Rare gems exhibited at the Tucson Gem, Mineral & Fossil Showcase in 2014
Diamonds are one of the most valuable precious stones around, but not because diamonds are especially rare. In fact, high-quality emeralds, rubies, and sapphires are all rarer in nature than diamonds. However, nearly colorless diamonds can top prices of $10,000 per carat because demand for them has been carefully cultivated and supply is tightly controlled. De Beers, the world’s biggest diamond company, controls the sales of nearly 90 percent of all diamonds mined each year. They reportedly spend nearly $200 million on advertising and make a point of always producing slightly fewer stones than are desired to ensure a strong market for their product.
However, there are a few interesting gemstones that are so rare, so lovely, and so desired that they are worth more than diamonds per carat.
Also known as red beryl or red emerald, bixbiteis one of the rarest gemstones in the world. The only type of bixbite that can be cut into faceted crystals comes from the Violet Claim in Utah’s WahWahmountains, where it was discovered in 1958. At the 2014 Tucson Gem, Mineral and Fossil Showcase last week, bixbite was selling for upwards of $10,000 per carat.
Musgravite is a mysterious, smoky gray gem that can have green or violet undertones. Though it was discovered in Australia in 1967, samples suitable for cutting into faceted gemstones were not found until 1993. In 2005, there were only eight known specimens, but today many more countries have discovered deposits. Nonetheless, increased supplies have not reduced demand and this gem was valued at up to $35,000 at the Tucson Gem Showcase.
Painite is a deep, orange-red or brownish red stone that was found in Mynamar in the 1950s. Shortly after its discovery, the government of Myanmar (then known as Burma) fell to a military coup resulting in a dictatorship lasted until 2011. For decades, problems in Myanmar prevented more than a handful of samples from being discovered, but today more than 1,000 crystals are known to exist. Prices of up to $60,000 per carat were quoted for painite at the Tucson Gem Showcase.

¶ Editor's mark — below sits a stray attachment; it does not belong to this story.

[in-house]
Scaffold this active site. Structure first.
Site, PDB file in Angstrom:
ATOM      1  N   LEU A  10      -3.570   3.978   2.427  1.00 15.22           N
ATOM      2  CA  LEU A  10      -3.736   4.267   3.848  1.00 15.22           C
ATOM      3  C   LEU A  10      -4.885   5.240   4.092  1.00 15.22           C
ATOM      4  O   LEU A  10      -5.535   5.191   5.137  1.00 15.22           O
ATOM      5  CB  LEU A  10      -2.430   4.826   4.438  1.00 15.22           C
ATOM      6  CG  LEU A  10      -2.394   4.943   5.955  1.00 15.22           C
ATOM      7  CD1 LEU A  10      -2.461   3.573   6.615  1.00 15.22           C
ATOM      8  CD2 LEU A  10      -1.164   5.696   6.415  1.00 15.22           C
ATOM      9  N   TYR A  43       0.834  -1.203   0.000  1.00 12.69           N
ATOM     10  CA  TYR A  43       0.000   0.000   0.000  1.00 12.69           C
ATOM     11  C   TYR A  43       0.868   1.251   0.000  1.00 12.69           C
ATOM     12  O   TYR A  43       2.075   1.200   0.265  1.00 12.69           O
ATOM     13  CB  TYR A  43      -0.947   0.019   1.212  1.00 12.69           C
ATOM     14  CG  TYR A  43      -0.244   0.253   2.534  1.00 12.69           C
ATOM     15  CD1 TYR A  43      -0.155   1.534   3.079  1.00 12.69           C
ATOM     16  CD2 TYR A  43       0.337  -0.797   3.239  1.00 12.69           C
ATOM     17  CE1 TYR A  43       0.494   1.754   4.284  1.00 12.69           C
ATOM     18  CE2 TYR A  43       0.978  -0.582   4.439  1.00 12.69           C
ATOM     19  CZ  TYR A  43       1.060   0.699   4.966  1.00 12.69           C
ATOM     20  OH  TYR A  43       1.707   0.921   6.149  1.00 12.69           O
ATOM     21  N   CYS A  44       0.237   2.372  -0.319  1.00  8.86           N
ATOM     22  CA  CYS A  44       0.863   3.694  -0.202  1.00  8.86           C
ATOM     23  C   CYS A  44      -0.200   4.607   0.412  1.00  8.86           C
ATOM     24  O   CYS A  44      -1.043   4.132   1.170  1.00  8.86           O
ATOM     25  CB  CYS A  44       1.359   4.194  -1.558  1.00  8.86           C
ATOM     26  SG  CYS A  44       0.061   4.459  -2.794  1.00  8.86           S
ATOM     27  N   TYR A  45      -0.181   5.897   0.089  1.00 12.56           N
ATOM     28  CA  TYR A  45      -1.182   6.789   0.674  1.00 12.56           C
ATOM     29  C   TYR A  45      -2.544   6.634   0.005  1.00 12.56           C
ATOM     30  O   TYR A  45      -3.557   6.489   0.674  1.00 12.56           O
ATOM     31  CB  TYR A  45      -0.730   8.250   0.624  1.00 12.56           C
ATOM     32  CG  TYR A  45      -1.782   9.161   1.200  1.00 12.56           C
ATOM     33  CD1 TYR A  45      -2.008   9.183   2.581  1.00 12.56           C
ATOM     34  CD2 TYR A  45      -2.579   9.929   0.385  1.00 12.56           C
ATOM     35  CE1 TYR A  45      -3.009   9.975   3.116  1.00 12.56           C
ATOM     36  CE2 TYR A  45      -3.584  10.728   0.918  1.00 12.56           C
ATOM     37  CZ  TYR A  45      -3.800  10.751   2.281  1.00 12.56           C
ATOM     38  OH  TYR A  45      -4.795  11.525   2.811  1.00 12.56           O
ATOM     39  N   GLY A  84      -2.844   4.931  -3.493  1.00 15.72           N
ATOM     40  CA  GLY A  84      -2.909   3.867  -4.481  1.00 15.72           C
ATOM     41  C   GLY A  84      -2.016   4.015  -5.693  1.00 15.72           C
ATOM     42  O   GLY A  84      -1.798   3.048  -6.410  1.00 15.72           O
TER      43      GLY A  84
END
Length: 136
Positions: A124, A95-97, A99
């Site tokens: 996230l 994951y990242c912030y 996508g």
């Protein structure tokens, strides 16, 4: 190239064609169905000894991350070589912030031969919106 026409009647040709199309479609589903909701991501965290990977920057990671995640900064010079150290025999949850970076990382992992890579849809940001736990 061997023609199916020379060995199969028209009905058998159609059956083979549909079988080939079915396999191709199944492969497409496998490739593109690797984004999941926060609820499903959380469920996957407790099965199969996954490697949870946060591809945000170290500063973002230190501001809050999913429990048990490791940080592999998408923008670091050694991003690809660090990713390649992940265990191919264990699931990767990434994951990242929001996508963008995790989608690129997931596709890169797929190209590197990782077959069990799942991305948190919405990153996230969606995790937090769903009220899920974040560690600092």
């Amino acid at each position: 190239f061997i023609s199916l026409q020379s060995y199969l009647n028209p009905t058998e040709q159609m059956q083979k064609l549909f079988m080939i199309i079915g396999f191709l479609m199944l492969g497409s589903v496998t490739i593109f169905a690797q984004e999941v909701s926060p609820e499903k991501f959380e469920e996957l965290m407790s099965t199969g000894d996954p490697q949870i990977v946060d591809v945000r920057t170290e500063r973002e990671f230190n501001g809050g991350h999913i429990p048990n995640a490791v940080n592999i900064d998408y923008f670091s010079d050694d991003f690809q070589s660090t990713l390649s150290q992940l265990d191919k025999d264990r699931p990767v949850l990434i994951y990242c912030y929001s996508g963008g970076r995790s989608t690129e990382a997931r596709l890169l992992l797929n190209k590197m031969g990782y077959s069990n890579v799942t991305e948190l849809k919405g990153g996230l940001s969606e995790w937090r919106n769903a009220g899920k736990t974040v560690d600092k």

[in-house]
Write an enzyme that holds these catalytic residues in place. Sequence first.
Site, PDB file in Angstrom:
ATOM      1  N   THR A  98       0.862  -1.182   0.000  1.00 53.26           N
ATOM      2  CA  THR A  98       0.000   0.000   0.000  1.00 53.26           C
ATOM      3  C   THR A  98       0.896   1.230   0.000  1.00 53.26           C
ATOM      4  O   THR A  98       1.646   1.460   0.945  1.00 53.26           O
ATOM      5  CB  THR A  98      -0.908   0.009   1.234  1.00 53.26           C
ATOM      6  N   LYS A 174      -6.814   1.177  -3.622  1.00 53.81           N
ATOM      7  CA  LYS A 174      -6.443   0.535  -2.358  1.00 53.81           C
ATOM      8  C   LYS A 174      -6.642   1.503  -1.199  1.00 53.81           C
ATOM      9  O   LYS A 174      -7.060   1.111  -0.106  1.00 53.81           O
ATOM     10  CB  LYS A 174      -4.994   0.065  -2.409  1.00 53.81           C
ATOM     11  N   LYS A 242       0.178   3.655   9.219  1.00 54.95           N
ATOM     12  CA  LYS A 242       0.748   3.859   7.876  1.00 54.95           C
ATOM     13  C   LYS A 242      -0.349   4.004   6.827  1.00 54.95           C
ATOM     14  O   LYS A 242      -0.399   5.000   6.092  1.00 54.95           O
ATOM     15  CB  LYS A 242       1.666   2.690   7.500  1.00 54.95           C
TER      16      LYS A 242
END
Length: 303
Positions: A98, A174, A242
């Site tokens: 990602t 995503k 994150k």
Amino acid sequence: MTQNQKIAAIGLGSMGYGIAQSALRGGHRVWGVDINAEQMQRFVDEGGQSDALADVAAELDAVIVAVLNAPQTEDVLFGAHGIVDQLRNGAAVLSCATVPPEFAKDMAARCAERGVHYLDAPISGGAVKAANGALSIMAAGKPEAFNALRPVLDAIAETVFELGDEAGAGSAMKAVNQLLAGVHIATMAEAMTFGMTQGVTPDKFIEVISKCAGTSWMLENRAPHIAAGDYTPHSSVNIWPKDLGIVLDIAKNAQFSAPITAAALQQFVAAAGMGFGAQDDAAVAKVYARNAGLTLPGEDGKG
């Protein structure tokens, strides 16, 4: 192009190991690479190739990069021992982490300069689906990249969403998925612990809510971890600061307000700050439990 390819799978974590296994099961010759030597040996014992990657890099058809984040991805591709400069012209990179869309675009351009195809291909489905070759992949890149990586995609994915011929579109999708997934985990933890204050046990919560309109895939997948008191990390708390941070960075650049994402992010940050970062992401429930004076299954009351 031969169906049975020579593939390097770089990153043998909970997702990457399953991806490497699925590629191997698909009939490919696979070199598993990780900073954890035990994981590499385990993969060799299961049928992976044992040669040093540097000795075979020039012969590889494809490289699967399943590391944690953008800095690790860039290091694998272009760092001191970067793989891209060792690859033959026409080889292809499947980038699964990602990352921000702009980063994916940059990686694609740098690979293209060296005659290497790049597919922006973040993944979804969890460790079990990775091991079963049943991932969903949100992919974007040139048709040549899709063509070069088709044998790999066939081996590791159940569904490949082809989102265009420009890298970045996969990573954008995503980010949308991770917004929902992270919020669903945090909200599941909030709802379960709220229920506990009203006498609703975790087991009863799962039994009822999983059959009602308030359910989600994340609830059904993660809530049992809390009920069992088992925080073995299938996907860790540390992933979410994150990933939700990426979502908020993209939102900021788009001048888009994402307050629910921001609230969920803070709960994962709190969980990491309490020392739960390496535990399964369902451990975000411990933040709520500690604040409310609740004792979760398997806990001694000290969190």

Discovered in Russia in the 1830s and named after the tsar, alexandrite is a fascinating gem that appears green in natural light and red in artificial light. It also changes colors when viewed from different angles, displaying different greens, oranges, or purple-reds. Today alexandrites have been found in other locations, but the stones from the original mines are considered the most beautiful and desirable, and can bring prices of around $10,000 per carat.
Madagascar, which is known for its many rare animal species that are found nowhere else on earth, has contributed a unique gem to the world as well. Grandidierite is a rare gem that ranges from blue-green to green and can have a translucent or pearly appearance. Translucent samples that can be faceted are rare and highly sought after for their ability to change colors from nearly colorless to dark green when viewed from different angles. Based on recent sale prices this gem is valued at $20,000 per carat.
When buying or selling rare gems such as these, or a diamond for that matter, it is very important to have proper documentation showing the quality and appraised value of the stone. If you do not have documentation, an expert appraiser from Gems & Jewelry Inc. may be able to help you evaluate your stone.